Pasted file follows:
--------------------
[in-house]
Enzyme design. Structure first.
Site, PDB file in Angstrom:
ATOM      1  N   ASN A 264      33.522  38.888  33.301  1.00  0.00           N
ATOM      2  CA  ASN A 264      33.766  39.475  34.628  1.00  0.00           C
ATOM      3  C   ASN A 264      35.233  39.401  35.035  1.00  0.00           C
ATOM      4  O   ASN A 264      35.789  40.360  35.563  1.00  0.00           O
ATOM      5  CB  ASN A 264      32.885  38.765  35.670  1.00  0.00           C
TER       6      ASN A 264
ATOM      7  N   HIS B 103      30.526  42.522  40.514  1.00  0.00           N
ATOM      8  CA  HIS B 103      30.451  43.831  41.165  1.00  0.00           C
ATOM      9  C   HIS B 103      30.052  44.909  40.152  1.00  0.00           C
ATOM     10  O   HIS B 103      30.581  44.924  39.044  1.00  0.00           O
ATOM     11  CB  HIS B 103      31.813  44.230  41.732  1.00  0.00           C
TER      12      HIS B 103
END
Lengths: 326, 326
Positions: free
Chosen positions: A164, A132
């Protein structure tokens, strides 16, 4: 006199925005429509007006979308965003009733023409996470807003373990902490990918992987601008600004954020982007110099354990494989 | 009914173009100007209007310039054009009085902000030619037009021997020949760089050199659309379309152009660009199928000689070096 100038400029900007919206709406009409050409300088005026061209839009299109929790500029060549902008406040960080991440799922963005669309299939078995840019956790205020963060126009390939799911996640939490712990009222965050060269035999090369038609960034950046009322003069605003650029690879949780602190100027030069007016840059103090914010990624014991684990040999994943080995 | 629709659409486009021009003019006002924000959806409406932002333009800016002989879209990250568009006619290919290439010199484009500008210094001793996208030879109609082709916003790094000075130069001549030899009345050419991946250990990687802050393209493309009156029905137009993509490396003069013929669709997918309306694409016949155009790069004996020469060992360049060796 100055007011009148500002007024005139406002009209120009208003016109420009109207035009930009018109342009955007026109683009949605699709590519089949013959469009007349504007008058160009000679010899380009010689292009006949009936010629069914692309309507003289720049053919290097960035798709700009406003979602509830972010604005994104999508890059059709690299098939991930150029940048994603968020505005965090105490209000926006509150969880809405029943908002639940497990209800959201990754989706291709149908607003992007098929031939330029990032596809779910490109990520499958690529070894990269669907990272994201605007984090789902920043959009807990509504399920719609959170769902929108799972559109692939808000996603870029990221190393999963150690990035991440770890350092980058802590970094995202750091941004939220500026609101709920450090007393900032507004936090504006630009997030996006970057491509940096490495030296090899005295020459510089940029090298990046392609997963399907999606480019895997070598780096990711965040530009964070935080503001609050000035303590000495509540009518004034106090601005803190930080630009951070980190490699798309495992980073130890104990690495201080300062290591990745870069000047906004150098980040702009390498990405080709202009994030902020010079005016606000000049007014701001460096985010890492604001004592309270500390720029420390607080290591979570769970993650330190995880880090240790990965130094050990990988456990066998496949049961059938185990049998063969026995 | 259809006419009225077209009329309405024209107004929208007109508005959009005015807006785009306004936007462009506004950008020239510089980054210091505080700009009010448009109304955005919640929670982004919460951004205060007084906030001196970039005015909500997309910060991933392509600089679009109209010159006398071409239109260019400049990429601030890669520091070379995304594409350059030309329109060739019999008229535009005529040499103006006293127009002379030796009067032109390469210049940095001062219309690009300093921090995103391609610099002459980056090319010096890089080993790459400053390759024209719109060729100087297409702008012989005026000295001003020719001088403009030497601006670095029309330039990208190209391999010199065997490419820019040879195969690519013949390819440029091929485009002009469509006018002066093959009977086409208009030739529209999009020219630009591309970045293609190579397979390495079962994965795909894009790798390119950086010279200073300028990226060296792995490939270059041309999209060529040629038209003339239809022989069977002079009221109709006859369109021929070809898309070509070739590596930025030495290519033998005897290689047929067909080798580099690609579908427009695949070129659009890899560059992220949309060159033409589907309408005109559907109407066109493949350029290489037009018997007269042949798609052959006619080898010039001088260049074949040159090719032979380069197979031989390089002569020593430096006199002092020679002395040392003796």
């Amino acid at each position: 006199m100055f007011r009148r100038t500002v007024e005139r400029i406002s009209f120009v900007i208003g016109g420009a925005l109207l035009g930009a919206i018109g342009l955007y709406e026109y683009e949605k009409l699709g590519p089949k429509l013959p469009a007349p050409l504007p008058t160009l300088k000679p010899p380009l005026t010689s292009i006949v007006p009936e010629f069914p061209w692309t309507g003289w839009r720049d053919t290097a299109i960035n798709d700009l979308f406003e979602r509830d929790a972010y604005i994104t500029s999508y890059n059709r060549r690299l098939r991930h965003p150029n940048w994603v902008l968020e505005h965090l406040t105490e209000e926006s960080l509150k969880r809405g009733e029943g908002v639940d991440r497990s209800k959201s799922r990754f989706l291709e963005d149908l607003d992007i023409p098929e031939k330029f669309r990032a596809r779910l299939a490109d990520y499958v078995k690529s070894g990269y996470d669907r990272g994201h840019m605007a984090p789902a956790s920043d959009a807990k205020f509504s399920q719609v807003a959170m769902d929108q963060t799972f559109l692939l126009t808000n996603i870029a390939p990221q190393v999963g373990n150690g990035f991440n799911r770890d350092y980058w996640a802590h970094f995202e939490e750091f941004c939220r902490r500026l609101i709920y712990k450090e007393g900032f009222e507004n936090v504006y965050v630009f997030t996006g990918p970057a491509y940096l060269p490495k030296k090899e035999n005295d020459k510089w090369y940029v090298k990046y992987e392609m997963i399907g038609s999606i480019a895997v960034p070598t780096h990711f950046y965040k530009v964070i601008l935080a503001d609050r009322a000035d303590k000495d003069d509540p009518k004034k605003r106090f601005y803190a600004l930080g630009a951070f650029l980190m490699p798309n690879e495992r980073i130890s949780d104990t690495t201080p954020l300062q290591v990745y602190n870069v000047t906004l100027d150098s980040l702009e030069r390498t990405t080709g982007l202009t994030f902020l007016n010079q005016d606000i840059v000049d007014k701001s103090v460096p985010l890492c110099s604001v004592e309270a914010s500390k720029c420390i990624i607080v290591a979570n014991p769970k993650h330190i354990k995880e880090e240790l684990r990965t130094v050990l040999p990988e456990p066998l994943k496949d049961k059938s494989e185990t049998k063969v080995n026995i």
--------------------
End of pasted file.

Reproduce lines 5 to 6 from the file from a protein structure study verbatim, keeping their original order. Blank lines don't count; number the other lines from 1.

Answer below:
ATOM      2  CA  ASN A 264      33.766  39.475  34.628  1.00  0.00           C
ATOM      3  C   ASN A 264      35.233  39.401  35.035  1.00  0.00           C